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The Big Question: Does MSU Deserve to Be 23rd?

Sept 15, 2012;  Troy, AL, USA;  Mississippi State Bulldogs running back LaDarius Perkins (27) carries the ball against the Troy Trojans at Veterans Memorial Stadium. Mandatory Credit: Marvin Gentry-US PRESSWIRE
Sept 15, 2012; Troy, AL, USA; Mississippi State Bulldogs running back LaDarius Perkins (27) carries the ball against the Troy Trojans at Veterans Memorial Stadium. Mandatory Credit: Marvin Gentry-US PRESSWIRE

Fickleness can be a word that explains many things in life: the commitment level of a top recruit, a high school relationship, or most politicians. It also does a great job as a one-word summary of the AP and Coaches Top 25 polls this early in the season.

The very nature of polls this time of year make it very hard for Mississippi State fans (any fans really) to understand the post from Orley Hood on the Mississippi Sports Hall of Fame website. In what could only be described as a backhanded compliment, Hood talks about the Bulldogs rise to No. 23 in both polls only to tear it down.

Hood missed the mark two ways in his post. Everyone knows that some teams shoot up the rankings early or start high because of their reputation, but Mississippi State does not fit that description. The fact that Mississippi State worked its way into the rankings this week shocked many Mississippi State fans, even if there does not look to be 23 teams better than the Bulldogs. Either way, a simple look back at the history of the fourth poll of the year proves that Hood and detractors stand on shaky ground when criticizing the pollsters this week.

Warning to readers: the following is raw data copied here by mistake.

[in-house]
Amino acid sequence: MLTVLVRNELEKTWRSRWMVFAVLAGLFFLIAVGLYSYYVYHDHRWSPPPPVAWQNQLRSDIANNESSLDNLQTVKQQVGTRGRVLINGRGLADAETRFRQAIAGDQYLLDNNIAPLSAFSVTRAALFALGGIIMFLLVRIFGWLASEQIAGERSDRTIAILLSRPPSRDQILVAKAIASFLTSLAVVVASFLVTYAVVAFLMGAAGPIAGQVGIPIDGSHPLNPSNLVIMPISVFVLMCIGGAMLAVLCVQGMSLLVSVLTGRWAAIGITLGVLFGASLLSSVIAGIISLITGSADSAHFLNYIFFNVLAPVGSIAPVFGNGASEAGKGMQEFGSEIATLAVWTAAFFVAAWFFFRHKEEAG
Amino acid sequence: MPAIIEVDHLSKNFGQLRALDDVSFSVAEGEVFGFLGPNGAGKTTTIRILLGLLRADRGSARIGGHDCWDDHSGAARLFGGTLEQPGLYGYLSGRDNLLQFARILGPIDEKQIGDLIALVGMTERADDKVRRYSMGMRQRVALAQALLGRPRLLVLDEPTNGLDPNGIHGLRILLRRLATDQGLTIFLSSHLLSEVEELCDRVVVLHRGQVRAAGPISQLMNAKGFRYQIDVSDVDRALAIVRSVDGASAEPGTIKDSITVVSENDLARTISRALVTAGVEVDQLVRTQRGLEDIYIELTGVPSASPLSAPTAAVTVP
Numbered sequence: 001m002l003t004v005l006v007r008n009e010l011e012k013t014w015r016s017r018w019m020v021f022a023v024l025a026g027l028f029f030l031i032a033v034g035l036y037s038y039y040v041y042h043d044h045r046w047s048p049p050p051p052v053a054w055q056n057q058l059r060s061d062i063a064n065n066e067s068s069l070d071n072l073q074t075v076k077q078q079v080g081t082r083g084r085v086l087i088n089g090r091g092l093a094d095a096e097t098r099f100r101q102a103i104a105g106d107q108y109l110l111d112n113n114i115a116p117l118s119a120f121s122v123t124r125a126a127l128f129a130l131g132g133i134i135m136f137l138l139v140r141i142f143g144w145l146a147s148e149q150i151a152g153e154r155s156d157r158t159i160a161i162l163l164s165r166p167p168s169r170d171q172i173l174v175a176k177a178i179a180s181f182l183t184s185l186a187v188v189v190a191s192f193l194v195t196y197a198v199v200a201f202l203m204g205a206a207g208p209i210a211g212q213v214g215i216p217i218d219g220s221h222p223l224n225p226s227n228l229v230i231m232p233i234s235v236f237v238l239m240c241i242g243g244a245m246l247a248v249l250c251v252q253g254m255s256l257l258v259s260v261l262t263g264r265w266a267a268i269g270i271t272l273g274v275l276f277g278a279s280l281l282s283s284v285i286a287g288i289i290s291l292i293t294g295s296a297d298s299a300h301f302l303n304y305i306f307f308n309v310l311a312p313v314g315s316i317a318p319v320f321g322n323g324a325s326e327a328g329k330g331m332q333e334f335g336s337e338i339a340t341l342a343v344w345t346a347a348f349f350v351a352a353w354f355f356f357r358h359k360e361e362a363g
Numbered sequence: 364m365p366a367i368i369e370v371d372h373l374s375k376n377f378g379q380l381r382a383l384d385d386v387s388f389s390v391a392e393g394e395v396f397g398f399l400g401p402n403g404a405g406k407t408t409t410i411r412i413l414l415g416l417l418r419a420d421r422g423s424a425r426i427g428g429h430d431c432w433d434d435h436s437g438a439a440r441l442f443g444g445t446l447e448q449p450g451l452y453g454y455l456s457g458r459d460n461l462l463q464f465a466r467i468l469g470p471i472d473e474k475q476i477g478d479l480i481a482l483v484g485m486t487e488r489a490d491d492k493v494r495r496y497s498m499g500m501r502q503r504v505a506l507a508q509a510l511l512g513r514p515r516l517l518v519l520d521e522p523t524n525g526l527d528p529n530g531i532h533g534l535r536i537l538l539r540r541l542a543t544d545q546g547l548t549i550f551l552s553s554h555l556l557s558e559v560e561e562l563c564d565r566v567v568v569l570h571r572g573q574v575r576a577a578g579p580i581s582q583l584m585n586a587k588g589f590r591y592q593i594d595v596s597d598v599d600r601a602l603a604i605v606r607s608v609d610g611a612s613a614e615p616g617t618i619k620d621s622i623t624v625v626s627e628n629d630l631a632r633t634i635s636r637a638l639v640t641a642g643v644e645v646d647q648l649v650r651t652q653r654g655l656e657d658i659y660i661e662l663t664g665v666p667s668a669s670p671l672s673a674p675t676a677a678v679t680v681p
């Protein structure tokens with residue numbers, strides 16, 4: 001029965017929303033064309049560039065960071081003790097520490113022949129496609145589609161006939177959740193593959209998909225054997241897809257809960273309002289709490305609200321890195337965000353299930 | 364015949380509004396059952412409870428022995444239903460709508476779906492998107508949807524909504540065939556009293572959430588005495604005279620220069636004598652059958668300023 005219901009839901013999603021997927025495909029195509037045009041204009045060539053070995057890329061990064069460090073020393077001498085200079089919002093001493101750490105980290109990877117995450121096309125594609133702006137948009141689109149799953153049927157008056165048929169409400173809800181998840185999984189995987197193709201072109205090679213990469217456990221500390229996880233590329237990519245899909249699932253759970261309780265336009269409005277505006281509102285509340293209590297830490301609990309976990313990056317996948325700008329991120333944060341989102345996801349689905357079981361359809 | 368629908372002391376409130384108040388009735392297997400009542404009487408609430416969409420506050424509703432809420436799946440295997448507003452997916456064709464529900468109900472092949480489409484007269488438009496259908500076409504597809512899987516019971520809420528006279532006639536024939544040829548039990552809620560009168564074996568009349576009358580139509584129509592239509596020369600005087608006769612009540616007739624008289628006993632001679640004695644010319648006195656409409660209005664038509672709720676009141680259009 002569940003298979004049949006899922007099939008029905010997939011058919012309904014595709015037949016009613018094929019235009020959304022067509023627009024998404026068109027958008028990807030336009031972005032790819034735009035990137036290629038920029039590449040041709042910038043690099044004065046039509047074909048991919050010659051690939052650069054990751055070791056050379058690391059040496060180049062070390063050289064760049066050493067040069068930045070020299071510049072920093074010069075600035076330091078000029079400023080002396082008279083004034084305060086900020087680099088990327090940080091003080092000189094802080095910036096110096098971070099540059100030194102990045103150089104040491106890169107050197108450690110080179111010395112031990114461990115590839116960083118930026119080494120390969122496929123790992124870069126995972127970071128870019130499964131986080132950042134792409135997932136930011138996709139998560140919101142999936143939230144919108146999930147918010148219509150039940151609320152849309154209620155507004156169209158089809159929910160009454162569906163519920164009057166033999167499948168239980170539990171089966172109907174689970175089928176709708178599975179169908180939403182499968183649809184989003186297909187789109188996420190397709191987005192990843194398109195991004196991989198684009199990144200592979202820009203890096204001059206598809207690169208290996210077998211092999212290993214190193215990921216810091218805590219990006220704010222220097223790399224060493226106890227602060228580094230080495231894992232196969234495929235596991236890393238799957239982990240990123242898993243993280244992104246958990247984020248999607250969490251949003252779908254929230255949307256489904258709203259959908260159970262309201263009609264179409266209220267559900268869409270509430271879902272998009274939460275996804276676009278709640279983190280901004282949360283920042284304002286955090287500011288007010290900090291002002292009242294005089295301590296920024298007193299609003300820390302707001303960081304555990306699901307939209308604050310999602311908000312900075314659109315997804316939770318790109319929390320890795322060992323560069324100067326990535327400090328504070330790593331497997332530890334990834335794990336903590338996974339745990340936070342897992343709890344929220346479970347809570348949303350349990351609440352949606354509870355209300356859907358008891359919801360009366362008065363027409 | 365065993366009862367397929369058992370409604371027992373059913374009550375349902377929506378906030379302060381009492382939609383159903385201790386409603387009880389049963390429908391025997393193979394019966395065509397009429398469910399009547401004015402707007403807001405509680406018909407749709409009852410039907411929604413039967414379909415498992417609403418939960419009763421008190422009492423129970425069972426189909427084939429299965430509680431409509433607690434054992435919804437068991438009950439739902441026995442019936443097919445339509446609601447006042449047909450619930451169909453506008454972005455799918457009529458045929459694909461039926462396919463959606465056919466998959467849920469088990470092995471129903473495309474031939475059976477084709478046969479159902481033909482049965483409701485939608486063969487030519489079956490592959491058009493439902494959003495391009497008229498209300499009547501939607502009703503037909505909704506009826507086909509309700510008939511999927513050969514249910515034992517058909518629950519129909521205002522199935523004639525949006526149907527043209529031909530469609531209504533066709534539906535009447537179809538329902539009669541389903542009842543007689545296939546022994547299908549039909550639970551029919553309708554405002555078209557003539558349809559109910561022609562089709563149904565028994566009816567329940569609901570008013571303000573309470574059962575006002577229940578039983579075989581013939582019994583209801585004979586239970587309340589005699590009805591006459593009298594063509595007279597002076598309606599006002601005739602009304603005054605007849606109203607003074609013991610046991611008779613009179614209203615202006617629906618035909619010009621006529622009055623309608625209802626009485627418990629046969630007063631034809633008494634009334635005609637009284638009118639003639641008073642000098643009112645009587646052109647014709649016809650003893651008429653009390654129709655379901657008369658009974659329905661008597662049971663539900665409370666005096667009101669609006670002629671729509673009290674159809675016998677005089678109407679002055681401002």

In the week four polls of 2008, the No. 23 spot in both polls caught two teams on the rebound. Clemson, which started the season at No. 9, tumbled out of the polls after an opening 34-10 loss to Alabama to open the season. The Tigers bounced back, knocking off The Citadel and North Carolina State to move up their current spot in the poll. Any support of the Tigers from the previous season in which they finished No. 21 had eroded by that point. The Tigers went on to finish the season at 7-6 and out of the polls.

That same year, Illinois started as the preseason No. 19 in all the land, but an opening 52-42 loss to Missouri knocked them from the rankings. The Illini rebounded by knocking of East Illinois 47-21 to move back to No. 25, and they topped UL-Lafayette to move to the No. 23 ranking. Even though Illinois enjoyed finishing 2007 as the No. 18 team, they finished 2008 at 5-7.

2009 featured two teams working their way up the ladder at the No. 23 spot in the fourth poll of the season. Michigan, who stood at 3-0, had started the season unranked, but had moved to No. 25 on the strength of wins over Western Michigan (31-7) and Notre Dame (38-34). The next week, the Wolverines stomped Eastern Michigan 45-17 to move to the No. 23 spot without leaving the state. As it would turn out, the Wolverines did not do so well when forced to leave home, finishing the season at 5-7.

Over in the Coaches' Poll, Houston stood at 2-0 and held the No. 23 spot in the fourth poll of the year. The Cougars made it there by knocking off Northwestern State 55-7 and winning at Oklahoma State 45-35. The Cougars eventually finished 10-4, but finished the season outside of the rankings.